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Costain joins Antarctic Quest 21 climate change expedition in honour of Sir Ernest Shackleton

Phil Carrotte


17 November 2021

Costain consultant Phil Carrotte will be following in the footsteps of explorer Sir Ernest Shackleton as he joins the Antarctic Quest 21 climate change expedition.

The expedition will undertake critical scientific research into how climate change and microplastics are affecting the Antarctic continent. As expedition sponsors, Costain is supporting work that is vital to helping the planet achieve its net zero goals. British Army veteran and chartered engineer, Phil grew up in Wales and has been mountaineering for 30 years, taking part in expeditions across the globe. He has instructed safe glacier travel including crevasse rescue to novices, taught people to ski, and climbed in the Canadian Rockies and Nepalese Himalayas.

“I’m excited and honoured to be part of the team carrying out this important research. The outcomes of our expedition will help inform the ongoing research into climate change, and hopefully inspire future generations of scientists and explorers. The quest commemorates the iconic explorer and leader, Sir Ernest Shackleton, in the centenary year of his final expedition to the Antarctic. It will be a fitting tribute to a man who set out on his own science expedition 100 years ago and sadly died before he could begin his scientific work, “explained Phil.

The expedition will collect snow samples from completely isolated and unvisited areas of the Peninsula to allow analysis of microplastics contamination. This project, in collaboration with Dr Imogen Napper of Plymouth University, will look at the long-range atmospheric transport of microplastics.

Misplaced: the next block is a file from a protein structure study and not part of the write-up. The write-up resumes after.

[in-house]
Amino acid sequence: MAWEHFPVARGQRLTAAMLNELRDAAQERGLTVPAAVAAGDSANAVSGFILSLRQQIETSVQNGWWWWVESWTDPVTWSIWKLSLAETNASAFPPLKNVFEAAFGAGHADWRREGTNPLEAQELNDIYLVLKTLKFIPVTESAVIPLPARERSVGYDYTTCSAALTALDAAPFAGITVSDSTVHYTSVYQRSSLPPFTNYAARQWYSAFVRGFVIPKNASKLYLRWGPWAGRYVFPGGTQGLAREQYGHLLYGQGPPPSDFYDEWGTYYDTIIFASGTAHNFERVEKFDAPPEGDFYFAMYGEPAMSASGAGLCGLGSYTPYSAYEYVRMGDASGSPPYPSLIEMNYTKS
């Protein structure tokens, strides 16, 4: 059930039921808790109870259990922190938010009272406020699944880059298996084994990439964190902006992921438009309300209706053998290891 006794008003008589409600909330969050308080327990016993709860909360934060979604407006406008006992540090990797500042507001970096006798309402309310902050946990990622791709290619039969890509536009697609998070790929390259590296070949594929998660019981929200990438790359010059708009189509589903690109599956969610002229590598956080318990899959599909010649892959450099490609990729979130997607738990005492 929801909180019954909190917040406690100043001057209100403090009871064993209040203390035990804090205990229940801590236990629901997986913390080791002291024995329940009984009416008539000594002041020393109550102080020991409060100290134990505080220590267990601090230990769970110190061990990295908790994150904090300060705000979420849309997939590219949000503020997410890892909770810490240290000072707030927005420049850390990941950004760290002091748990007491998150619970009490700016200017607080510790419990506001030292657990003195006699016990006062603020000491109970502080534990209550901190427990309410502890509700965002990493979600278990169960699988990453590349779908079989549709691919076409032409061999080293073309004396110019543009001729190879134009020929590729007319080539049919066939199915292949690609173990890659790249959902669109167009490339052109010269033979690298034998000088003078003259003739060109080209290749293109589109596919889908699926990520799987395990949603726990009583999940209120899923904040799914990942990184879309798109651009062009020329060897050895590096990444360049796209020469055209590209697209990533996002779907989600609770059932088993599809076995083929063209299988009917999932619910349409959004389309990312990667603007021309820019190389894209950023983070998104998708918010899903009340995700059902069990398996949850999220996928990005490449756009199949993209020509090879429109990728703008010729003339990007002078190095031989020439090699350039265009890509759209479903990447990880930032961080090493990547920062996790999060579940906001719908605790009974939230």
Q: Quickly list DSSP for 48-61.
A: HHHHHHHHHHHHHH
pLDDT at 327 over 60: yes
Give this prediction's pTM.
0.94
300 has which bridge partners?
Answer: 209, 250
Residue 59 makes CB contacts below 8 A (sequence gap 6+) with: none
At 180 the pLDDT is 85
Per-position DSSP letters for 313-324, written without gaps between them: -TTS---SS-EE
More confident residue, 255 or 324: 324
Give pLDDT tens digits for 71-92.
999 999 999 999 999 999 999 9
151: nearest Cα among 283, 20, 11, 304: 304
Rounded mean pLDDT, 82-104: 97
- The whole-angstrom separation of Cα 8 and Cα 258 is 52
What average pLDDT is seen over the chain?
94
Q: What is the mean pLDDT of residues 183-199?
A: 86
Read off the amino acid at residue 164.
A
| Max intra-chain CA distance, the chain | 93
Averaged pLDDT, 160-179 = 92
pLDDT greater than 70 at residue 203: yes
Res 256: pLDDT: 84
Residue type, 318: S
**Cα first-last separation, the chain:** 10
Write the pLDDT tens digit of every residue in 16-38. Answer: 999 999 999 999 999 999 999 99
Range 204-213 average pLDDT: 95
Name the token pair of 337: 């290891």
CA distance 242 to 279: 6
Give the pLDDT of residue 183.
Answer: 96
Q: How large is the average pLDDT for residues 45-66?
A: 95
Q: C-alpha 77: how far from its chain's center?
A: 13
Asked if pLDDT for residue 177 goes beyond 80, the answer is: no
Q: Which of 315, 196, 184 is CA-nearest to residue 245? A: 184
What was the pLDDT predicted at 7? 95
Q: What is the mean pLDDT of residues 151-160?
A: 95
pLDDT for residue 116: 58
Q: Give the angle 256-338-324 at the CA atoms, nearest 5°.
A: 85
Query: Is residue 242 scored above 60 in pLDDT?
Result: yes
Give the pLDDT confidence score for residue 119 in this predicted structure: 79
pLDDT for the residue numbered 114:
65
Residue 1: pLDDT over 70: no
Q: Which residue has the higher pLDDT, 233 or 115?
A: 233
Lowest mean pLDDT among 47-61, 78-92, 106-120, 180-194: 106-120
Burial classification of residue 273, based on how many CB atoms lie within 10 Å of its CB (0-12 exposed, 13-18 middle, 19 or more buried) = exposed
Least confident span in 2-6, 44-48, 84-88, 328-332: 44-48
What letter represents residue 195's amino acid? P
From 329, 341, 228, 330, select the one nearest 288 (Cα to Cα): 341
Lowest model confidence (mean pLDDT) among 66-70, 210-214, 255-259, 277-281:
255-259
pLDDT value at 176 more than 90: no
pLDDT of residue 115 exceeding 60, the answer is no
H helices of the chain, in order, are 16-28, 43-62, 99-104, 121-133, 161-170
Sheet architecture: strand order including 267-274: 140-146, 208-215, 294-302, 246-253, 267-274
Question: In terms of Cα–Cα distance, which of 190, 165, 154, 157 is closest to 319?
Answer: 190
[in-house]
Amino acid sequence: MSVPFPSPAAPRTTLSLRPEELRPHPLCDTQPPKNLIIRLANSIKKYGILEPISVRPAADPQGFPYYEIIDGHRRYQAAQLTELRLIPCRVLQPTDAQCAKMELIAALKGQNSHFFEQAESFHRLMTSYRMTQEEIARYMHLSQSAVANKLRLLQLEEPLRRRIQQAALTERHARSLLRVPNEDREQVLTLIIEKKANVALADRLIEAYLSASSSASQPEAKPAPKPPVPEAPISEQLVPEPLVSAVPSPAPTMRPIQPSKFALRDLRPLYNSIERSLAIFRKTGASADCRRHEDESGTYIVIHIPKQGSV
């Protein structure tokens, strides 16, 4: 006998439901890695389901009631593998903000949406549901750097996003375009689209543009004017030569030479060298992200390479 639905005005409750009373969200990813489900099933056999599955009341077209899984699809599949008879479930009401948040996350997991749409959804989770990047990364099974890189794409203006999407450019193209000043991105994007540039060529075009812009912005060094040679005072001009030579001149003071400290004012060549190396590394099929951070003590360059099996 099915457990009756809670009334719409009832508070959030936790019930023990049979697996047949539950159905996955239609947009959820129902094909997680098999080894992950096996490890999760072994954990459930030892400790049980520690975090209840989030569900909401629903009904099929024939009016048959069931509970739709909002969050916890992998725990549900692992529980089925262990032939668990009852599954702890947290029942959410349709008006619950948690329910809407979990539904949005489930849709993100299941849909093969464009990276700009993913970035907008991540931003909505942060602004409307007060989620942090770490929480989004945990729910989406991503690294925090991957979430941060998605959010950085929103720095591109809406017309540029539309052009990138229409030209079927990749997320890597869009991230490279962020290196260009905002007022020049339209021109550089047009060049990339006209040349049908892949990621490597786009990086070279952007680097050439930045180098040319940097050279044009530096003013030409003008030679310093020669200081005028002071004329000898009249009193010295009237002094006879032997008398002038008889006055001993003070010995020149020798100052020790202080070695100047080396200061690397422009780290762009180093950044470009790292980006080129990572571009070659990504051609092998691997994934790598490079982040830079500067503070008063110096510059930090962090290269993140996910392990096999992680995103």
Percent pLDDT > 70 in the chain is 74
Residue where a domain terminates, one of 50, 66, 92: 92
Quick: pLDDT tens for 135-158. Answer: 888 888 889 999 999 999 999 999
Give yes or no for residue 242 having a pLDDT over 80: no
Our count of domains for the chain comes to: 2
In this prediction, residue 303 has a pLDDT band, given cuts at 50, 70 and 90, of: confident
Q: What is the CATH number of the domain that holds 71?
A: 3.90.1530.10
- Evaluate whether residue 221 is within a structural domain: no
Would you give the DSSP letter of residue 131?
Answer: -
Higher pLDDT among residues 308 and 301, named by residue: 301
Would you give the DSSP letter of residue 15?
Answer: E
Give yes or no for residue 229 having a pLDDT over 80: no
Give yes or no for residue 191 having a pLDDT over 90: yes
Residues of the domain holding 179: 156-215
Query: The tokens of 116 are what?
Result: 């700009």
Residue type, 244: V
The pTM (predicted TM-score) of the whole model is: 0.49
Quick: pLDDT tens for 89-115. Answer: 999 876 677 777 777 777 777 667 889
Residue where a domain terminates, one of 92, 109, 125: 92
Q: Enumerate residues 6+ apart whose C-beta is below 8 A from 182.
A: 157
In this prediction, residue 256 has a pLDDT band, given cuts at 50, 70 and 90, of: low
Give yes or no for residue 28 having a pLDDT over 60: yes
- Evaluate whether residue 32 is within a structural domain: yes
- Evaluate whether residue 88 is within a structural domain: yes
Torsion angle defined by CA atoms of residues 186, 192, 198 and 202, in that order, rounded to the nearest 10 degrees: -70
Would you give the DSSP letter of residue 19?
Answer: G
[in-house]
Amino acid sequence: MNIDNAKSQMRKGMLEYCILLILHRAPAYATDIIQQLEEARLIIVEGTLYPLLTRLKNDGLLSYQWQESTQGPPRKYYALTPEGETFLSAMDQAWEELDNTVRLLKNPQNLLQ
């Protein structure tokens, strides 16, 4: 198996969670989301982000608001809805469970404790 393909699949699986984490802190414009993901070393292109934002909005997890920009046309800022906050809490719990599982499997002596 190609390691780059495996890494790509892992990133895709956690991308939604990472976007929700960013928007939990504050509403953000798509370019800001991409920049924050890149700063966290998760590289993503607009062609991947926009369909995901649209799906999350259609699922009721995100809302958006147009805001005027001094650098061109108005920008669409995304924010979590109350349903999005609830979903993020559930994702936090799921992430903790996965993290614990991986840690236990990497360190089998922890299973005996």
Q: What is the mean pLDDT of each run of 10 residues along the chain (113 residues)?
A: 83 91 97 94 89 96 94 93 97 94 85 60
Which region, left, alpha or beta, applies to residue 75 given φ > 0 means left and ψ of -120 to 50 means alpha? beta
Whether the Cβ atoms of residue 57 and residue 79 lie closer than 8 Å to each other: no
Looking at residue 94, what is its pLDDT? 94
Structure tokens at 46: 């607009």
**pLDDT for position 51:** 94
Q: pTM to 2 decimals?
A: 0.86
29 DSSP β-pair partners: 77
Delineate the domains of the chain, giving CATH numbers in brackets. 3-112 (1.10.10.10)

Dr Napper explained, “Understanding exactly how far microplastics can travel is the next big scientific question and their presence in snow taken from the Peninsula will show they are reaching every part of our planet, even those areas cut off from any human activity.”

Their work will support Professor Michiel van den Broeke of Utrecht University, in his modelling of sea-level rise due to the melting icesheets in the Antarctic. Being able to predict how the icesheets are behaving is critical as the melting of Greenland and Antarctic icesheets would raise sea level by 60m.

The expedition will also repair a specialist GPS (Global Positioning System) antenna at Foyn Point which helps record the movement of bedrock through iso-static rebound. This movement is a sign of how much ice is melting due to global warming. Finding out what types of rock make up the Antarctic Peninsula and the importance of the Southern Ocean in the global carbon cycle are other areas of research for the expedition.

Leading the eight-strong team are explorer Paul Hart, a former Royal Navy Officer and experienced skier Antony Jinman. Their polar experience will be critical in navigating the team through hazardous and challenging conditions on the Antarctic Peninsula.

The expedition team leaves the UK in December and is due to return in February 2022. A commemoration event for Shackleton is planned in the Antarctic on 5th January 2022, weather conditions and circumstances permitting.


Enquiries: Alison O’Donnell, head of content, Costain

[email protected]

About Phil Carrotte
During his military career Phil served in the Royal Electrical and Mechanical Engineers in the UK and Germany, he deployed on training exercises across Europe, to Canada and the USA, and on operations to Iraq three times. More recently he was selected as an instructor at the Defence Academy of the United Kingdom where he delivered and developed post-graduate level education to recently promoted managers (Army majors). He instructed strategy development, critical thinking, communication skills, operational planning, leadership, and crisis response. These skills were called into action when he spent six months working alongside the United Nations in South Sudan, leading a team of logistics specialists supporting humanitarian construction tasks. On his return Phil was quickly seconded to the Cabinet Office to support the cross-government COVID-19 response and to work with various department to help develop their recovery and contingency plans. A Chartered Mechanical Engineer with an MSc in Construction Economics and Management, Phil left the Army in March 2021 and joined Costain. His varied experience is helping clients negotiate complex projects and deliver innovative solutions.

Find out more about Costain’s approach to climate change here https://www.costain.com/what-we-do/climate-change-solutions/